K-3 Illustrated by Liz Amini-Holmes. Young Chester Nez was sent to a missionary boarding school that taught English, but he ignored his teachers by retaining his native Navajo language and culture. As a soldier in World War II, Chester became one of the original Navajo code talkers, helping to defeat the Japanese. Muted illustrations enhance the informative biography. A portion of the Navajo code is appended. Timeline.

Coulson, Art Unstoppable: How Jim Thorpe and the Carlisle Indian School Football Team Defeated Army

40 pp. | Capstone | August, 2018 | Library ISBN 978-1-5435-0406-4 $15.95 | Paper ISBN 978-1-5435-0413-2$7.95 | Ebook ISBN 978-1-5435-0407-1

K-3 Encounter series. Illustrated by Nick Hardcastle. At age sixteen, American Indian Jim Thorpe was sent to the Carlisle Indian Industrial School in Pennsylvania. In spite of adversity, he thrived there as a multi-sport athlete, particularly as the 1912 football team's linchpin in beating--against all odds--West Point's Army team. Straightforward, conversational text and meticulous ink and watercolor art reveal the prowess and importance of this extraordinary athlete. Reading list. Bib., glos.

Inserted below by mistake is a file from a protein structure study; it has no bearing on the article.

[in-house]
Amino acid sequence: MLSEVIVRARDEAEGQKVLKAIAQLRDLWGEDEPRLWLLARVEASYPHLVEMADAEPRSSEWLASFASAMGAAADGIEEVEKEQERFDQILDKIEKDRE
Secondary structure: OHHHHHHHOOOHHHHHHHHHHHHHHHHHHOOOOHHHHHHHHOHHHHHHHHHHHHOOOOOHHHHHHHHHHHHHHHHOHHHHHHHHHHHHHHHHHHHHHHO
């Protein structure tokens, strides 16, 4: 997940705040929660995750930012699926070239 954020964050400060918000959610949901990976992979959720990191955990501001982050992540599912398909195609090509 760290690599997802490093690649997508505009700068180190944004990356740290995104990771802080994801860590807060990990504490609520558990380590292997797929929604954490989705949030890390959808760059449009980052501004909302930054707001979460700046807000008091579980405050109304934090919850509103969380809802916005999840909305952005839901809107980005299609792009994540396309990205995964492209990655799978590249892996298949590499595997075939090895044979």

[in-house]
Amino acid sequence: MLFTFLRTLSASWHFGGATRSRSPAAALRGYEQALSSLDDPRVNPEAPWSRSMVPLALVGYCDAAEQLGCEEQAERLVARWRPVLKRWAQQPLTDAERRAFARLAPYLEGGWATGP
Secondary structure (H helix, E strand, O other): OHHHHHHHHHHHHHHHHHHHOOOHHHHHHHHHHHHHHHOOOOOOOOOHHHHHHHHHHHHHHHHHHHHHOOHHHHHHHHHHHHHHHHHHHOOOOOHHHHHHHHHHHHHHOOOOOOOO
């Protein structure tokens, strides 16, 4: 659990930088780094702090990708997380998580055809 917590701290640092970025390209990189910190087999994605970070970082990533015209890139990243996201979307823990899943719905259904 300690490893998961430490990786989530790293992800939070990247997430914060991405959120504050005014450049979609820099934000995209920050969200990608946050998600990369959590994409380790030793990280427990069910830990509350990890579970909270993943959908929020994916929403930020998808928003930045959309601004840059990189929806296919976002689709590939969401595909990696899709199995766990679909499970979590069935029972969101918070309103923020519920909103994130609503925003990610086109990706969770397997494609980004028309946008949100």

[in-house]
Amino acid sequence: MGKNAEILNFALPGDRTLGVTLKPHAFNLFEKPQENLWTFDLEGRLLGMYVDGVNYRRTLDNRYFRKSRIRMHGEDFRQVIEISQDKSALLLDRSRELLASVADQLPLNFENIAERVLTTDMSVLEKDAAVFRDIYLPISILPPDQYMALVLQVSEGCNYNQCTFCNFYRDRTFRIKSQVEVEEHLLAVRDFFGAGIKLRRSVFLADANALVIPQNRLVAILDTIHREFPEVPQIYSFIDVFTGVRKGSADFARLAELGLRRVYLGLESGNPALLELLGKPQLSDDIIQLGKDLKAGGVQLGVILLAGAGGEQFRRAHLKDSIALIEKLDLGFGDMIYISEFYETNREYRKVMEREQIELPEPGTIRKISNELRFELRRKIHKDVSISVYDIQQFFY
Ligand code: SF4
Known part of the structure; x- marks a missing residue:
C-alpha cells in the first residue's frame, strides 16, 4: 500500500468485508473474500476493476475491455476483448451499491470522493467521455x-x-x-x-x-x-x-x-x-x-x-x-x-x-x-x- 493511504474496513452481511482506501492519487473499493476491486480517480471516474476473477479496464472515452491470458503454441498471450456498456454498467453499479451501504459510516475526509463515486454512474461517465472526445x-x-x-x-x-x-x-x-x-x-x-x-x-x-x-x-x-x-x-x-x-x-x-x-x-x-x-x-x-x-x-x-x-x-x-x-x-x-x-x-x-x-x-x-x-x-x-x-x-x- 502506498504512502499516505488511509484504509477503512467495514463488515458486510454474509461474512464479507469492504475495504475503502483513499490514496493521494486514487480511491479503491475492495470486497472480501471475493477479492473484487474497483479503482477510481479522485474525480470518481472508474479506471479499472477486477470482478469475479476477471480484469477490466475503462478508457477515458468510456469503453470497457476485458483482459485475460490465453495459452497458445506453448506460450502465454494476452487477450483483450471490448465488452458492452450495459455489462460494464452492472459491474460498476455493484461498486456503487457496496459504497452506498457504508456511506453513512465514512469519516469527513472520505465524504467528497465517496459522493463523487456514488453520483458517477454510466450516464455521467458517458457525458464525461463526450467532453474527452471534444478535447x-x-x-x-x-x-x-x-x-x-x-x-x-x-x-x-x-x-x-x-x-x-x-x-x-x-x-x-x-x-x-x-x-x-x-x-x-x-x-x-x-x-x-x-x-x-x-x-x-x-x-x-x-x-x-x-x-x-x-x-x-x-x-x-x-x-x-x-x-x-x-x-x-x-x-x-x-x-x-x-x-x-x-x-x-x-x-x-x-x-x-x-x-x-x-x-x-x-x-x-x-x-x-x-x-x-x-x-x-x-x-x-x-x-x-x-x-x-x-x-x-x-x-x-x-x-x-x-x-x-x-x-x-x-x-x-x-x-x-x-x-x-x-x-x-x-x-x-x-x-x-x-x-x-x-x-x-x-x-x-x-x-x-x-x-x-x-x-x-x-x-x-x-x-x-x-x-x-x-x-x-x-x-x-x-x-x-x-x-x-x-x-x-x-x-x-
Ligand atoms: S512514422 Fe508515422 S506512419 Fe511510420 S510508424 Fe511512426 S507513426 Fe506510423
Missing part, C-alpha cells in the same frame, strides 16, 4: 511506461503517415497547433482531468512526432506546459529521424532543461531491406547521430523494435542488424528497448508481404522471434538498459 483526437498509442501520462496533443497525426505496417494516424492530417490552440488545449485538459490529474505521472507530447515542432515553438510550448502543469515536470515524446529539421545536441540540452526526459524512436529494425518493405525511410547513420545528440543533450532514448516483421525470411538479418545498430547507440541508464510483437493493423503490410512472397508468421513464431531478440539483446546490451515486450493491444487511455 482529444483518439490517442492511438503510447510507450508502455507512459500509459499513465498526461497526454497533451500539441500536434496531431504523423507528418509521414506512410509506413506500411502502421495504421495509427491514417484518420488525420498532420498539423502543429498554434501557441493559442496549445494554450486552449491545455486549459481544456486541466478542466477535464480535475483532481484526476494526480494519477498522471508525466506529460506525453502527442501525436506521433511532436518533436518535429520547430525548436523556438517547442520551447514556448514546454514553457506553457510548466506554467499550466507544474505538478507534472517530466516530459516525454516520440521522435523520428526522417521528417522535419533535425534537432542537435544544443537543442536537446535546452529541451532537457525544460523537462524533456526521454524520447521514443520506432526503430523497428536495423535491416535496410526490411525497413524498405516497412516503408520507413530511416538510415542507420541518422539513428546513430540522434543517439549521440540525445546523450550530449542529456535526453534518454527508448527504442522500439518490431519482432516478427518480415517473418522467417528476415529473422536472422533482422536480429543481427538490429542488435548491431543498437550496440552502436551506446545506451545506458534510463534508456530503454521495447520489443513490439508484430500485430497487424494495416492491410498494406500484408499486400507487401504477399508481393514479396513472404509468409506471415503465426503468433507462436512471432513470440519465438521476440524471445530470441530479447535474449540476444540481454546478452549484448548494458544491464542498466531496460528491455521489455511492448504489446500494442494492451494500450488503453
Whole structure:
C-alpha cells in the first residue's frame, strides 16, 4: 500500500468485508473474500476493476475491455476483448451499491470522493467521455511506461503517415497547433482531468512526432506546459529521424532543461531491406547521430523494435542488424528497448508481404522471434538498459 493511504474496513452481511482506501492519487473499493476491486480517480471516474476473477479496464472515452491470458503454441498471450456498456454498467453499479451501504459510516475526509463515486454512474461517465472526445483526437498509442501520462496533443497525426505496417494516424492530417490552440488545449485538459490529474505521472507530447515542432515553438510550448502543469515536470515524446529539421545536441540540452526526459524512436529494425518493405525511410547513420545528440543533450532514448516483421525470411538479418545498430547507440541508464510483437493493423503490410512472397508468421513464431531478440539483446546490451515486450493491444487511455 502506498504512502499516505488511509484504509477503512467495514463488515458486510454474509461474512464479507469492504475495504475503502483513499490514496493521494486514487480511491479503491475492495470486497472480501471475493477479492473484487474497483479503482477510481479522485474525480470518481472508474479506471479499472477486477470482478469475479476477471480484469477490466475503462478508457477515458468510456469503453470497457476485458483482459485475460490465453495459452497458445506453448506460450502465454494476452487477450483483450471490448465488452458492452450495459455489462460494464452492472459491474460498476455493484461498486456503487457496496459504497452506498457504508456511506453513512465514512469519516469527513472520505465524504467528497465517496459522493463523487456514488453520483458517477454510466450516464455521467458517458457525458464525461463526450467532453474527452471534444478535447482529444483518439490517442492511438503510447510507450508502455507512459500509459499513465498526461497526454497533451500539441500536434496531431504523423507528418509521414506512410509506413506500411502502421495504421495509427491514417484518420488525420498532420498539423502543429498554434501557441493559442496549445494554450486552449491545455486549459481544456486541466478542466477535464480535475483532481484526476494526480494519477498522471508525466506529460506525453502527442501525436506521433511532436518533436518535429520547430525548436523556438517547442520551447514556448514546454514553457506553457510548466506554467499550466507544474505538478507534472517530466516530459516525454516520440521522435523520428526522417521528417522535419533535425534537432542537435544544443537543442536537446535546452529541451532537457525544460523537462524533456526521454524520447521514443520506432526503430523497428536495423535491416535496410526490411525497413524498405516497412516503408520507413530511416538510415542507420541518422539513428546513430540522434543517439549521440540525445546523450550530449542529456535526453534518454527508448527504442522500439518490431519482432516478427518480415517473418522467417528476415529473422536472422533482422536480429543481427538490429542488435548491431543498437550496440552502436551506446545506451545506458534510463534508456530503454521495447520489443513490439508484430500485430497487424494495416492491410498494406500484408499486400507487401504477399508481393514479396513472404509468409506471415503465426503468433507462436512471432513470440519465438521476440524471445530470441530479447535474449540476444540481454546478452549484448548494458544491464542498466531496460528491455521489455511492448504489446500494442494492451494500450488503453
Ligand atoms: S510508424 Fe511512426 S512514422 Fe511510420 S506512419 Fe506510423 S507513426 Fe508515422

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Tony Perry

May I also suggest "Chula the Fox", a middle grade historical fiction book published in Oct 2018 by the White Dog Press, the fiction imprint of the Chickasaw Press? More information, including reviews and awards, can be found here: Thank you!

Posted : Oct 16, 2019 04:49

Debbie Reese

How about adding AN INDIGENOUS PEOPLES' HISTORY OF THE UNITED STATES, FOR YOUNG PEOPLE to your list? It is an adaptation of the original, published in 2014.

Posted : Oct 15, 2019 11:33

Horn Book

Thanks for the reminder, Debbie -- please see edit to the post above.

Posted : Oct 15, 2019 11:33